Now, for the story itself. Novik once again wove an amazing story together, taking all these seemingly different threads and weaving them together into a tapestry of intrigue and magic. She uses switching point-of-views to introduce different characters and show the different parts of the story that were integral to the whole. And while this worked for me overall, there were a couple of issues I had with it: some character perspectives felt unnecessary, some I wished had come in earlier and been more prevalent (Mirnatius being one in particular – I knew there was more to his position than Irina was seeing), and at some points the order of the point-of-views didn’t feel right or make sense. This last issue occurred mostly during a chunk in the middle, when certain scenes that were happening for one character would overlap with another character, whose same view of the scene or lead into the scene happened several perspectives/chapters beforehand. This may be because this was an ARC I was reading, but it was just something that, while I could follow along once I figured out what was happening to who and when, would have been nice to have in a more chronological order to just really keep the story flowing, instead of feeling like it backtracked a bit at times.
I think one of the strongest things for me was the Jewish representation in the novel, and how close to home so much of it hit. While I might have been lucky to have grown up in an area that had a large Jewish population, so many are not and have experienced the type of things that Miryem and her family had to suffer. Being seen as evil for trying to survive, never really feeling welcome anywhere, always being “other”. Novik did an excellent job showing how Jews have been treated, in so many places in the world, while also showing how Jews treat those we love and those we don’t know quite yet. And to parallel that with the Staryks, and show how Miryem and every other mortal thought them evil, only to discover that they would do the things they did for their people’s survival as well, said so much about how we judge each other based on prejudices.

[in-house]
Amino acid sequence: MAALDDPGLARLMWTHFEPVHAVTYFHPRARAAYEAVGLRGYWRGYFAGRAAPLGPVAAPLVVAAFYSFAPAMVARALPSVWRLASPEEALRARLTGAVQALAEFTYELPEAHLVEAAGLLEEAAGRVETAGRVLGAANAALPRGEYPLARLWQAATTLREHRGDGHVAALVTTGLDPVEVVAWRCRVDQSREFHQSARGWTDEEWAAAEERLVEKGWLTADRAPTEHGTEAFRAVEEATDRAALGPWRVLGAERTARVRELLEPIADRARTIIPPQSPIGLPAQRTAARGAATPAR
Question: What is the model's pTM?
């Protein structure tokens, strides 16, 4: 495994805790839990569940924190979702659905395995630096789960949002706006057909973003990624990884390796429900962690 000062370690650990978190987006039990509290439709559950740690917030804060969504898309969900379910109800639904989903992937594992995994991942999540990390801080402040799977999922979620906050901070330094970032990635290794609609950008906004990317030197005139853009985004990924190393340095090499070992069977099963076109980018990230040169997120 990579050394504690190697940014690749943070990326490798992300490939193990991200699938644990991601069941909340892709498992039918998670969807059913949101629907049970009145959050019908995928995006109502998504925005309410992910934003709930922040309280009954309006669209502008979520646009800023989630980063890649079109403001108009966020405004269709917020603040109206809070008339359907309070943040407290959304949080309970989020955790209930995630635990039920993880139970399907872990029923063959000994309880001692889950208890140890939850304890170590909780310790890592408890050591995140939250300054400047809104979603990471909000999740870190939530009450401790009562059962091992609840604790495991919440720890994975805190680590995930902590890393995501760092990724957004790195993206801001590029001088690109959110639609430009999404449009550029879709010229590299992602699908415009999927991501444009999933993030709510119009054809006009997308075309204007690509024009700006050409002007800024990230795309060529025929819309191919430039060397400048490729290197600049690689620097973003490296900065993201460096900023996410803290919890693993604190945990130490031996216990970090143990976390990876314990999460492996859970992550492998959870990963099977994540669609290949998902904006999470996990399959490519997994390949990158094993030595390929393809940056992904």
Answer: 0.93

There were many elements of this book I loved, and some I did not. I loved how it reminded me of both Rumpelstiltskin and Howl’s Moving Castle , I loved Miryem and Irina and the other characters, I loved the storyline and the magic and how the interweaving perspectives brought everything together for one enchanting plot. I do think some of those point-of-view scenes could have happened in a different order, though, and I do wish the character development of Mirnatius and the Staryk king had started sooner in the story. But overall it was another wonderful story by Naomi Novik, one that I could relate to on so many levels, and one which I would definitely recommend.